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Egypt to Build an Archaeological Museum in New Administrative Capital

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Egypt to Build an Archaeological Museum in New Administrative Capital
written by
Kareem Sheta

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Last week, Prime Minister Mostafa Madbouly met for the first time with the committee in charge of the inauguration ceremony plans for the Grand Egyptian Museum (GEM), which is 88% complete and scheduled to open in 2020, according to Egypt Independent. However, that’s not the only museum receiving attention. Just a few days ago, Egypt Today stated that an archaeological museum in the New Administrative Capital (NAC) is scheduled to be opened in the upcoming months to tell the history behind Egyptian capitals from prehistoric eras to modern times.

A cooperation protocol was signed on August 27th between the Egyptian Ministry of Antiquities and Almasa Group at Almasa Hotel in downtown Cairo. Minister of Antiquities, Khaled al-Anani, stated, “The protocol provides the Ministry of Antiquities’ collection of artefacts to the museum of the New Administrative Capital for a period of 10 years, which is renewable. The profits will be shared by the ministry and Almasa Group.” 

Ahram Online adds that the new museum, expected to be completed in 2019, will memorialise the history of Egyptian capitals, such as Memphis, MitRahina, Thebes, Tel Al-Amarna in Luxor, Alexandria, Fustat, and Cairo. It will also explore the reign of the Mohamed Ali dynasty and the establishment of Khedival Cairo through the stories of the country’s capital cities.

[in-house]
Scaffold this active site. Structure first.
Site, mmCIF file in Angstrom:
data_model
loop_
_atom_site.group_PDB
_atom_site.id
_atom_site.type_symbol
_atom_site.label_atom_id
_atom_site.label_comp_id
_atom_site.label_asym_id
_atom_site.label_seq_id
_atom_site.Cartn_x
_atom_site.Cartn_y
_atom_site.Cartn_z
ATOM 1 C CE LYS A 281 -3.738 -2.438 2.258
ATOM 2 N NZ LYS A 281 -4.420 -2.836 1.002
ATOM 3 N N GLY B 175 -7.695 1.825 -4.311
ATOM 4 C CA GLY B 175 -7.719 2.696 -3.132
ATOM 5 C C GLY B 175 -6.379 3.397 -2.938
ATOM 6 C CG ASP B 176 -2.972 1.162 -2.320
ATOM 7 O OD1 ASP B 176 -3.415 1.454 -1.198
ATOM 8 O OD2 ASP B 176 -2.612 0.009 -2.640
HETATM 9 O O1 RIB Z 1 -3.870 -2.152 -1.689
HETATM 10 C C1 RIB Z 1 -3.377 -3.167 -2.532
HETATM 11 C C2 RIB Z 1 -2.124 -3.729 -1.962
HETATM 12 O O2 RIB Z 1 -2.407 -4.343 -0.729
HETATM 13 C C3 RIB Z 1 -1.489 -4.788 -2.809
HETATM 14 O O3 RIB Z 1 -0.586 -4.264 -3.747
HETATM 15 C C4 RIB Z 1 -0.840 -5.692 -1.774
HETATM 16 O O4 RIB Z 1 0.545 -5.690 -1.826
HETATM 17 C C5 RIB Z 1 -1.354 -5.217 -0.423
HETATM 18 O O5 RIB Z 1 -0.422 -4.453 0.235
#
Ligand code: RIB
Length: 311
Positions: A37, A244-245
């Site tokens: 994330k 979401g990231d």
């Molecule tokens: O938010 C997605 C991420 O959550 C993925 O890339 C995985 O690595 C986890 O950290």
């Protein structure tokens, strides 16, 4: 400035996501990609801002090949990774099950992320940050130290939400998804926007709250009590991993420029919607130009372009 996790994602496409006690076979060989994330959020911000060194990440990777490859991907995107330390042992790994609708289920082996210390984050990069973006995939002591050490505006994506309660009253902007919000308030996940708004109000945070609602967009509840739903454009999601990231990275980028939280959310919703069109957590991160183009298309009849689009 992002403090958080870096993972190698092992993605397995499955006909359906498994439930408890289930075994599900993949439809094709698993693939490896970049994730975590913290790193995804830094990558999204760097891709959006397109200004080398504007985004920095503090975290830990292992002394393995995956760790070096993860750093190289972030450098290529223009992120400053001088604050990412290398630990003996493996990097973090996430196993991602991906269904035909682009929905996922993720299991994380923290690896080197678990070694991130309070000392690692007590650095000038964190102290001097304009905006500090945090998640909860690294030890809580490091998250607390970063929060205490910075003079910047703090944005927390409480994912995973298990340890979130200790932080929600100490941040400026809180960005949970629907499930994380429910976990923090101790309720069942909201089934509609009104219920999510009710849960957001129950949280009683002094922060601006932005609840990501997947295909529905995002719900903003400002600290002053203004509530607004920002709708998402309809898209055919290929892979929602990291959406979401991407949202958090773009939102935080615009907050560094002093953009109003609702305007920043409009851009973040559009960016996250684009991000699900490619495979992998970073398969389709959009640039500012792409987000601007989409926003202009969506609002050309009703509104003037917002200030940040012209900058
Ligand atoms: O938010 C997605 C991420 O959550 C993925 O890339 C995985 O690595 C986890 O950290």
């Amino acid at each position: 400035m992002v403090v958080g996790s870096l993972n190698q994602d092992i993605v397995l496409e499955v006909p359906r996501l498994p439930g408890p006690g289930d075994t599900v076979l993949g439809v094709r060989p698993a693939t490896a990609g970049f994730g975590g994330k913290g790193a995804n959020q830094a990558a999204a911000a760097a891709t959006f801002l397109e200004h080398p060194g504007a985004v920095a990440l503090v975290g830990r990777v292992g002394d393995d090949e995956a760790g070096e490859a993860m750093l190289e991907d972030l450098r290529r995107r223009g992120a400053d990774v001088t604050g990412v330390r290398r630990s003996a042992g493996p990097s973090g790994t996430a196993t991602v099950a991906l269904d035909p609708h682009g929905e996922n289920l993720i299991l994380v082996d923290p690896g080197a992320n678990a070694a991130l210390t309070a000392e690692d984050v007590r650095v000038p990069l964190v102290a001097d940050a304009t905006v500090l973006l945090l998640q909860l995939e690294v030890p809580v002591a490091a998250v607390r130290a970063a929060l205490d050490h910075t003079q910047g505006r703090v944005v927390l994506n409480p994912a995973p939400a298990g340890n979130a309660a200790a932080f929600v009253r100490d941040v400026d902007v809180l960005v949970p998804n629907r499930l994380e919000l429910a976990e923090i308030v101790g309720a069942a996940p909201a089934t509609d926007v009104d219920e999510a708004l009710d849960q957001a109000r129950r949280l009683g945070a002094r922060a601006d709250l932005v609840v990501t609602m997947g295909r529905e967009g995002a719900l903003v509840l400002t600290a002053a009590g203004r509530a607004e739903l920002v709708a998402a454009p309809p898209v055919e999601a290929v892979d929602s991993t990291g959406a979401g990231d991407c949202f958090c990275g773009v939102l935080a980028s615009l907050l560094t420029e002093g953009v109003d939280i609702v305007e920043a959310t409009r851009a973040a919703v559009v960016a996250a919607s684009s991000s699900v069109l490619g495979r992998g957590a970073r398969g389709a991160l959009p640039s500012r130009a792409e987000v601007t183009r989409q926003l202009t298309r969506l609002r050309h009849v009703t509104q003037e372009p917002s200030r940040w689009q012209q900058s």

The location of the major project is in the City of Arts and Culture, said to be the largest of its kind in the world, on an area of 8500 square metres that consists of two floors, including a main exhibition hall and sub-galleries. The Supreme Council of Antiquities will also be in charge of supervising the museum’s antiquities, selecting the artefacts to be displayed, preparing the design of the showcases, and providing full security of the artefacts. 

“The Museum of Antiquities in the City of Arts and Culture will feature a thousand artefacts that tell the history of Egypt through different historical eras. Its entrance is decorated with two Egyptian obelisks, which were brought from the eastern San Hajar area in Sharqiya. It will also house the newly discovered Toto cemetery, which was recently dismantled and relocated from Sohag to the Administrative Capital Museum,” said Secretary-General of the Supreme Council of Antiquities, Mostafa Waziri.

It’s such an innovative idea as each city gets its fair share in recognition and appreciation over a span of decades that some people know nothing about. It’s time to get educated!